softPotReading = analogRead(softPot)/4;

And here is the Processing code;

Code: [Select]
Serial myPort;
//int psoftPot = 0;
int psoftPotReading = 0;
color c = color(0,0,0);

void setup() {
 size(1000, 500);
 myPort = new Serial(this, Serial.list()[0], 115200);

void draw(){
  byte[] inBuffer = new byte[1];
  while (myPort.available() > 0) {
  inBuffer = myPort.readBytes();
  if (inBuffer != null) {
     psoftPotReading = inBuffer[0];
      if (psoftPotReading<=0) {background(100,100,100);} //refresh at softPot resting value
      else if (psoftPotReading>=100 && psoftPotReading<=128){ fill(c); rect((width-width/10),400,100,100);}
      else if (psoftPotReading>=90 && psoftPotReading<=99){ fill(c); rect((width-(2*(width/10))),400,100,100);}
      else if (psoftPotReading>=80 && psoftPotReading<=89){ fill(c); rect((width-(3*(width/10))),400,100,100);}
      else if (psoftPotReading>=70 && psoftPotReading<=79){ fill(c); rect((width-(4*(width/10))),400,100,100);}
      else if (psoftPotReading>=60 && psoftPotReading<=69){ fill(c); rect((width-(5*(width/10))),400,100,100);}
      else if (psoftPotReading>=50 && psoftPotReading<=59){ fill(c); rect((width-(6*(width/10))),400,100,100);}
      else if (psoftPotReading>=40 && psoftPotReading<=49){ fill(c); rect((width-(7*(width/10))),400,100,100);}
      else if (psoftPotReading>=30 && psoftPotReading<=39){ fill(c); rect((width-(8*(width/10))),400,100,100);}
      else if (psoftPotReading>=20 && psoftPotReading<=29){ fill(c); rect((width-(9*(width/10))),400,100,100);}
      else if (psoftPotReading>=10 && psoftPotReading<=19){ fill(c); rect((width-(10*(width/10))),0,100,100);}
  //bitpacking for IRs?

If I can troubleshoot any glaring errors in the code above, I can have a definitive test I think....
I wonder if I can eliminate the buffer.


Wont have time to look at your code tonight (maybe tomorrow at work) but if it registers on the LED then it should register in processing if your sending the correct data.

Another way to improve things may be to send data when values change from last time they were sent.


You could speed up the Arduino code a tiny bit by only reading the analogue once instead of the three times you read it now.
Code: [Select]
int led = 2;
int softPot = A0; //analog pin 0
int softPotReading = 0;

void setup() {
  digitalWrite(softPot, HIGH);

void loop() {
  softPotReading = analogRead(softPot) >> 2;
  if (softPotReading >= 1000){
  else {

In processing,  I have some interesting values for the sensor (below 0 resting,... 128 in middle right to 0 on input side, then -128 in the middle left to -0 on the far side), but I can tell that is just something silly I am doing. Otherwise I can see that touch position is detected along the pot, but a fast puck strike does not show up.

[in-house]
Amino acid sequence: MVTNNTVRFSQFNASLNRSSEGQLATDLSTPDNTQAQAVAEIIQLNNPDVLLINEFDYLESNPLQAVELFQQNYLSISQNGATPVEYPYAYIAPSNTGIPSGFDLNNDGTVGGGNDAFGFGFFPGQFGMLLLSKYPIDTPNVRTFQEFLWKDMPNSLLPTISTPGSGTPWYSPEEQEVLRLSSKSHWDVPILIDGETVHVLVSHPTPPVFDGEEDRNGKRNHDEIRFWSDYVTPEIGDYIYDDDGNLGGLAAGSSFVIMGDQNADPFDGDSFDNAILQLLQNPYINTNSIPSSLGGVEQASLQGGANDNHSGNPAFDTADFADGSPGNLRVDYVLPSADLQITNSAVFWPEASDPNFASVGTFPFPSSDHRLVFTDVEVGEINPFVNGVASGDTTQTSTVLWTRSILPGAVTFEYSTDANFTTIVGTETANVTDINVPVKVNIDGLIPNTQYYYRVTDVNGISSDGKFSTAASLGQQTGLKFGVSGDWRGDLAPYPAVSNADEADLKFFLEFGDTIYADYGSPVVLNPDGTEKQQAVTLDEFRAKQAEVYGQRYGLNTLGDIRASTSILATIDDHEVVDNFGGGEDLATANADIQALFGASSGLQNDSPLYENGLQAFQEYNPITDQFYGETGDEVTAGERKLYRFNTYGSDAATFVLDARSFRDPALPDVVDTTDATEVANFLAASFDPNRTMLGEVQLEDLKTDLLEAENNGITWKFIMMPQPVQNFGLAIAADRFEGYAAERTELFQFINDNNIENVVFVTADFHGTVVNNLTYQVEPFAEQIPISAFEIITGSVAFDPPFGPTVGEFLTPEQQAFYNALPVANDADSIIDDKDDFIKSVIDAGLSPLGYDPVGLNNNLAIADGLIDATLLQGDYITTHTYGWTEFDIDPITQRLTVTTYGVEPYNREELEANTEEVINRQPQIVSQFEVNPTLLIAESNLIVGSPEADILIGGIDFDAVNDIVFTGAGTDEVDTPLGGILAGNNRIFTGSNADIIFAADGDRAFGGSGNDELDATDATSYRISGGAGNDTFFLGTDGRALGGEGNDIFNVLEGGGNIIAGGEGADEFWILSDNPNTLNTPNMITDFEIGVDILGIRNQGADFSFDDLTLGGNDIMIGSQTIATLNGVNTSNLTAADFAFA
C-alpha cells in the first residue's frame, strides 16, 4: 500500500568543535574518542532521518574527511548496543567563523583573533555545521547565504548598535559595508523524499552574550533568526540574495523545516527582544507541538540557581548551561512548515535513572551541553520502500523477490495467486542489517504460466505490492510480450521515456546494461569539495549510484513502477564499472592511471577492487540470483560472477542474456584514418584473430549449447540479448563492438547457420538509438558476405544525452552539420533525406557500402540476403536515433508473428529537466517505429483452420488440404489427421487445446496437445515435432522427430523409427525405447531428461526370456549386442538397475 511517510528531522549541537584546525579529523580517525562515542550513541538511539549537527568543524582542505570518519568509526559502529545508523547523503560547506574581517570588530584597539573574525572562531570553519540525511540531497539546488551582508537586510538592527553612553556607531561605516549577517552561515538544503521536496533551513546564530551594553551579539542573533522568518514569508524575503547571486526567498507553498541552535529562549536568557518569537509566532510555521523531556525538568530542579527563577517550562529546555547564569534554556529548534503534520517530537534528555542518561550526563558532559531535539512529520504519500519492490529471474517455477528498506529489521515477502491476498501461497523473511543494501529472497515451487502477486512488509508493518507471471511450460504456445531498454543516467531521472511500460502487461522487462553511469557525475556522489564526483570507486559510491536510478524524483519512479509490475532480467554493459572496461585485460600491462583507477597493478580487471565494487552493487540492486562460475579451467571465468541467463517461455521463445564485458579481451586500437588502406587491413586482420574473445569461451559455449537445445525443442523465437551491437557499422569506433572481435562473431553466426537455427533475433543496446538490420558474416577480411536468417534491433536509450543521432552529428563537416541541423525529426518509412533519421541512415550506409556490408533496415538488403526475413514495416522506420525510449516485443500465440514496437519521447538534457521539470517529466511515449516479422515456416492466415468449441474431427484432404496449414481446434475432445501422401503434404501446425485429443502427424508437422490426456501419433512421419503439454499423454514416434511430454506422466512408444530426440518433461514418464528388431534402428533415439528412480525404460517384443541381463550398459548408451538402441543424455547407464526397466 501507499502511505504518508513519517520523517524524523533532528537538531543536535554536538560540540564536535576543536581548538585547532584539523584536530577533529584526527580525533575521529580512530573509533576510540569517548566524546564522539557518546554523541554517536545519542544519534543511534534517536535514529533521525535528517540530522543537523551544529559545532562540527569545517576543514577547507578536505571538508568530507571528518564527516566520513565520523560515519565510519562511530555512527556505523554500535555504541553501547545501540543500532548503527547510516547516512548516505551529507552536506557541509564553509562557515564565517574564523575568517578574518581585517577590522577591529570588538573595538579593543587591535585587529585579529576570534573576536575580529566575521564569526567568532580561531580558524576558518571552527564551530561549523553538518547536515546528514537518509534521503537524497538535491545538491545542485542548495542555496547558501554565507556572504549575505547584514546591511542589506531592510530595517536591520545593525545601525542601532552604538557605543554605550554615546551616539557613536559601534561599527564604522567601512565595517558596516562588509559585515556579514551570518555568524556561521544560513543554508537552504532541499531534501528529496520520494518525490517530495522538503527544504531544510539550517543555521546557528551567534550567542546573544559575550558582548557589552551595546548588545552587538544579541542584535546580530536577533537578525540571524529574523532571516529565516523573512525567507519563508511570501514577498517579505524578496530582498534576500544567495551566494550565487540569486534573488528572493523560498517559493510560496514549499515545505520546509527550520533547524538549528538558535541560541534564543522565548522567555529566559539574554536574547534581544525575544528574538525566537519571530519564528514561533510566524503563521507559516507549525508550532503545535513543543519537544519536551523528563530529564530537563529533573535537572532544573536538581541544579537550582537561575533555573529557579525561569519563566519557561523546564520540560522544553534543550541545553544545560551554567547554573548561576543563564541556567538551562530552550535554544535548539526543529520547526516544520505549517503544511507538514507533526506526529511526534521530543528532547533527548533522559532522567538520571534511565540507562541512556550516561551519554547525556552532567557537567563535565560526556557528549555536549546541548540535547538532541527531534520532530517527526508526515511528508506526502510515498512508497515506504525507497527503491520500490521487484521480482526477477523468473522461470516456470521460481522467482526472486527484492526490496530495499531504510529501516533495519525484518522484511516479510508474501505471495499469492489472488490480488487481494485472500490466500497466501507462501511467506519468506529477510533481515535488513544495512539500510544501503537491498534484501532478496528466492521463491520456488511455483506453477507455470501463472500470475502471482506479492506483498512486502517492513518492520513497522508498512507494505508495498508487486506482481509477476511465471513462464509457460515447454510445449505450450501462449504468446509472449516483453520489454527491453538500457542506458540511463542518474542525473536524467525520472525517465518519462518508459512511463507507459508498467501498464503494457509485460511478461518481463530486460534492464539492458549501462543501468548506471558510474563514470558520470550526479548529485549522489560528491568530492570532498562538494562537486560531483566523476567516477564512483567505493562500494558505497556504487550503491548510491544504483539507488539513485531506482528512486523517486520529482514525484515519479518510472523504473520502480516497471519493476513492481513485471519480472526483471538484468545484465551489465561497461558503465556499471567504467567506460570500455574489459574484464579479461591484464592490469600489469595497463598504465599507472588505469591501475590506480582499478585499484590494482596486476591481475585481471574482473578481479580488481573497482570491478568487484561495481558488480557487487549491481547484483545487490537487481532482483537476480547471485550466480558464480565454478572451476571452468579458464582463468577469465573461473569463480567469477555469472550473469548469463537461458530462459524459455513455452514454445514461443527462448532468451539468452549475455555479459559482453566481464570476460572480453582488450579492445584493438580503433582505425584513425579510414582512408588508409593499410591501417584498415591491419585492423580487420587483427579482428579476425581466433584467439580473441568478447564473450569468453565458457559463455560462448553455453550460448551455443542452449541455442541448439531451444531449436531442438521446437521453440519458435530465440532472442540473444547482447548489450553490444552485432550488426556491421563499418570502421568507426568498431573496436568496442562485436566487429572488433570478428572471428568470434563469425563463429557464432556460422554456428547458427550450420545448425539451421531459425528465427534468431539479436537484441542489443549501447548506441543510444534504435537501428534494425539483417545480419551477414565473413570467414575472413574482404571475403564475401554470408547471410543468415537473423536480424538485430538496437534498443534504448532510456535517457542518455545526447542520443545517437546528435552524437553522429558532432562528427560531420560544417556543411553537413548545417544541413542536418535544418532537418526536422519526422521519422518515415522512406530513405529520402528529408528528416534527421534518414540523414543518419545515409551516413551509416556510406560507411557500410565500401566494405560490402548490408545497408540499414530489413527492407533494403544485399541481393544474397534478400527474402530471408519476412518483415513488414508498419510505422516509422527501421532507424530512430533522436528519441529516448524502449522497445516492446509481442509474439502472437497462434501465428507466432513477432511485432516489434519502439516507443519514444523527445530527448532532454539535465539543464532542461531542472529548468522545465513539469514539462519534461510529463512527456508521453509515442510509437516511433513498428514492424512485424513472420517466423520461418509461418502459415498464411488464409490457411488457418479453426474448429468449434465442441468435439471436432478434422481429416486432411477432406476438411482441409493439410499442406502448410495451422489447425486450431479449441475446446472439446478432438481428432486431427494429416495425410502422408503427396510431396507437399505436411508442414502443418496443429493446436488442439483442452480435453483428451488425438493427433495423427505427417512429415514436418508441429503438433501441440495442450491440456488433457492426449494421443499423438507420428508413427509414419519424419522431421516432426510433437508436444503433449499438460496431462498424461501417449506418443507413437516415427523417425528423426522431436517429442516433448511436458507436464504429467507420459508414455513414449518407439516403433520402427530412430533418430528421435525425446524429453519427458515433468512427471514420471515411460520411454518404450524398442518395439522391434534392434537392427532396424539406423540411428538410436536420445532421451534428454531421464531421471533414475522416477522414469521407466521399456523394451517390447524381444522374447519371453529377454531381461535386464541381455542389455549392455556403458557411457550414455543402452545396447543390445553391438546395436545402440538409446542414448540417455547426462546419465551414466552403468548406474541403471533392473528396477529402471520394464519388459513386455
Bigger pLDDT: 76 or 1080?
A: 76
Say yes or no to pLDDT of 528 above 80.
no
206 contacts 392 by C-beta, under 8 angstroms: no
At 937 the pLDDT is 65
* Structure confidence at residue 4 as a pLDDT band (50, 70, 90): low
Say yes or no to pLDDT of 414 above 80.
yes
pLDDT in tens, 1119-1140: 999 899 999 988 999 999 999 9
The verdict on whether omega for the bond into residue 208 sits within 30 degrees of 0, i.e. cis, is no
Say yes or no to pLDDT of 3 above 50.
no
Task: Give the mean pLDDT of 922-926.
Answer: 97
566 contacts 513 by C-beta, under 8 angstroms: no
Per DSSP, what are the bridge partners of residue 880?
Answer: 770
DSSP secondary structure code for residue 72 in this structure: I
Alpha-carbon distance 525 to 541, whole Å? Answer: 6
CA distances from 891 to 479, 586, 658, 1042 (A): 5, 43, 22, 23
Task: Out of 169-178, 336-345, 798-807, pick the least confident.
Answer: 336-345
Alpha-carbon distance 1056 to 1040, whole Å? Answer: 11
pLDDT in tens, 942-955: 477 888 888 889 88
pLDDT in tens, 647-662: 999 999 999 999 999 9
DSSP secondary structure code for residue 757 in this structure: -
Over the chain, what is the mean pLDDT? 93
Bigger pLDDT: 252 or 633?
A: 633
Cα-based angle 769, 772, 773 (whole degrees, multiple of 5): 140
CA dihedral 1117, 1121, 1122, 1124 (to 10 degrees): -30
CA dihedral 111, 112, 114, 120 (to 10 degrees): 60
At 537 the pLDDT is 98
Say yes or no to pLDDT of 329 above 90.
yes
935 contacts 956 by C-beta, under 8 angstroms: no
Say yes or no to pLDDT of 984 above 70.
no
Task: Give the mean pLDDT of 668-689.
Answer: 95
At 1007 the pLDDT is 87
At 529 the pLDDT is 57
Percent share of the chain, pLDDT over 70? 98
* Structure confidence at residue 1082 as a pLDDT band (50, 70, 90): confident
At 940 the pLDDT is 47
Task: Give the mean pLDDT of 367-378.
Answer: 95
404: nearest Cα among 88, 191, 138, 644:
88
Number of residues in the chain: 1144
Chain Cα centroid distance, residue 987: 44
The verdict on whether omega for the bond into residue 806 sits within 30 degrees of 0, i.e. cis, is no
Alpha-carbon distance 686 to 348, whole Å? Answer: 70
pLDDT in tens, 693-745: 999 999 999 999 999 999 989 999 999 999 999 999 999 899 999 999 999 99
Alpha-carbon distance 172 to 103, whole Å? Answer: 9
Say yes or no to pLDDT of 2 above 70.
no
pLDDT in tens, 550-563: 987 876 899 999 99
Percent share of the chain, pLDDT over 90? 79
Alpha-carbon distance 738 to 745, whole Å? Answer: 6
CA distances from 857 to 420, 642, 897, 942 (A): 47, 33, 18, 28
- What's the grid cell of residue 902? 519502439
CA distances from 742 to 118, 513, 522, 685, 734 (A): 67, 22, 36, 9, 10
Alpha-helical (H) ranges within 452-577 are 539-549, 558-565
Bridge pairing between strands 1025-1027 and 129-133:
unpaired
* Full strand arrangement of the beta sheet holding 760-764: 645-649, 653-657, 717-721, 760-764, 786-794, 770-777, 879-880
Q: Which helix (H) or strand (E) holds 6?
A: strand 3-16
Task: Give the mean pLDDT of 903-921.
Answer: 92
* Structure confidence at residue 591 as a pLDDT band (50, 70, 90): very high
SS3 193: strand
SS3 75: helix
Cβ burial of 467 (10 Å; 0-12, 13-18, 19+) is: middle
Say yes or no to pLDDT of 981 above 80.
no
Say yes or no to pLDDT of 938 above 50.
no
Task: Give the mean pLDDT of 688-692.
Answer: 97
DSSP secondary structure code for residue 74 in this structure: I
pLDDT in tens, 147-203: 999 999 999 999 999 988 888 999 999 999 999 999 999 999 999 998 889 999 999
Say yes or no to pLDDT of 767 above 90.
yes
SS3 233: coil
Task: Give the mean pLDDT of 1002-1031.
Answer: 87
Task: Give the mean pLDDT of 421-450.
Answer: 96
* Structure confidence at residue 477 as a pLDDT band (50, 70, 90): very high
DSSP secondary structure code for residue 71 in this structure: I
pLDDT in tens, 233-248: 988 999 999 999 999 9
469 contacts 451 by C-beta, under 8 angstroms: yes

I'm not so good with processing but the negative values are probably because your using the wrong data type. psoftPotReading should maybe be defined as unsigned. The value you get from the arduino soft pot may not be a true reflection of where or how hard the puc hit as it depends on when in the process of the puc hitting the ADC happens.

As I say I'm not very good on processing but could you put the serial read in serialEvent and just leave the draw() routine to continually update from your buffer if data has changed.


Thanks for your attention to this.

I think I'm coming to the end of it, I will try the things you just mentioned, then move on to firmata and see if that works instead.


My choice has just been made easier.

I tried firmata and the test code fried my softpot. :( :( :(

I'm on to my fallback position of IR pairs, which I cannot get to go above 4 pair :(
Subject of another topic....

Many thanks to those who helped on this one, I will be reccing you appropriately. :)





Hi, you may find this thread interesting, I only just saw this subject about the soft pot today, and I have not been able to see anybody referring to INTERRUPT.
The problem as I understand it is, that a fast bump is being detected by the sensor, but because the sketch is not looking at the input at the right time it is not detected.

Two solutions
1) You build a circuit that takes the output of the sensor and when triggered, produces a fixed output pulse, so no matter how short or long the hit, it will produce a single pulse output long enough for the timing of the arduino, this circuit is called a monostable timer/oscillator.
2) Program an Interrupt on the analog input pin, this way when ,at anytime, there is an input the program is Interrupted and the input read and stored, then the program goes back to what it was doing.

I am no expert on interupts but the topic may help.

Tom...... :)
Everything runs on smoke, let the smoke out, it stops running......VK3DMK